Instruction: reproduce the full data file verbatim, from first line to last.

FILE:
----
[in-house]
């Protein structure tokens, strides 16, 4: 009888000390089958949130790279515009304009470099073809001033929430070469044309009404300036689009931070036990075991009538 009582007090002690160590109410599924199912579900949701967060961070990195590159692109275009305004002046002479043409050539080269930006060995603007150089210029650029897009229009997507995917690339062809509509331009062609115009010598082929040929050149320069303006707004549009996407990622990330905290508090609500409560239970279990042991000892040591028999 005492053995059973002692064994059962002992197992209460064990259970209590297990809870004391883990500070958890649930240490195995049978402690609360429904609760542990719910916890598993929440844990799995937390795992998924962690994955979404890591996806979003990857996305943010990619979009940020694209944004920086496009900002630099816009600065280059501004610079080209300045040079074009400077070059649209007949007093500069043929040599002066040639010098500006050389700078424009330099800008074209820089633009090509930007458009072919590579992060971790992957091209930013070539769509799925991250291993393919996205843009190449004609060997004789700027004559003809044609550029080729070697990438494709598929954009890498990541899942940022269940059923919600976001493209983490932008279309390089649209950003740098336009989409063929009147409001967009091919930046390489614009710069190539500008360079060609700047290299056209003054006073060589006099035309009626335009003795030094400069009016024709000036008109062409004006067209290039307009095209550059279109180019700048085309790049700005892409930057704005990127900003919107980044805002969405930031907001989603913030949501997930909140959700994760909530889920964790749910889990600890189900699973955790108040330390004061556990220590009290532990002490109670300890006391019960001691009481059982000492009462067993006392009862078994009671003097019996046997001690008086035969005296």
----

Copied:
[in-house]
């Protein structure tokens, strides 16, 4: 009888000390089958949130790279515009304009470099073809001033929430070469044309009404300036689009931070036990075991009538 009582007090002690160590109410599924199912579900949701967060961070990195590159692109275009305004002046002479043409050539080269930006060995603007150089210029650029897009229009997507995917690339062809509509331009062609115009010598082929040929050149320069303006707004549009996407990622990330905290508090609500409560239970279990042991000892040591028999 005492053995059973002692064994059962002992197992209460064990259970209590297990809870004391883990500070958890649930240490195995049978402690609360429904609760542990719910916890598993929440844990799995937390795992998924962690994955979404890591996806979003990857996305943010990619979009940020694209944004920086496009900002630099816009600065280059501004610079080209300045040079074009400077070059649209007949007093500069043929040599002066040639010098500006050389700078424009330099800008074209820089633009090509930007458009072919590579992060971790992957091209930013070539769509799925991250291993393919996205843009190449004609060997004789700027004559003809044609550029080729070697990438494709598929954009890498990541899942940022269940059923919600976001493209983490932008279309390089649209950003740098336009989409063929009147409001967009091919930046390489614009710069190539500008360079060609700047290299056209003054006073060589006099035309009626335009003795030094400069009016024709000036008109062409004006067209290039307009095209550059279109180019700048085309790049700005892409930057704005990127900003919107980044805002969405930031907001989603913030949501997930909140959700994760909530889920964790749910889990600890189900699973955790108040330390004061556990220590009290532990002490109670300890006391019960001691009481059982000492009462067993006392009862078994009671003097019996046997001690008086035969005296």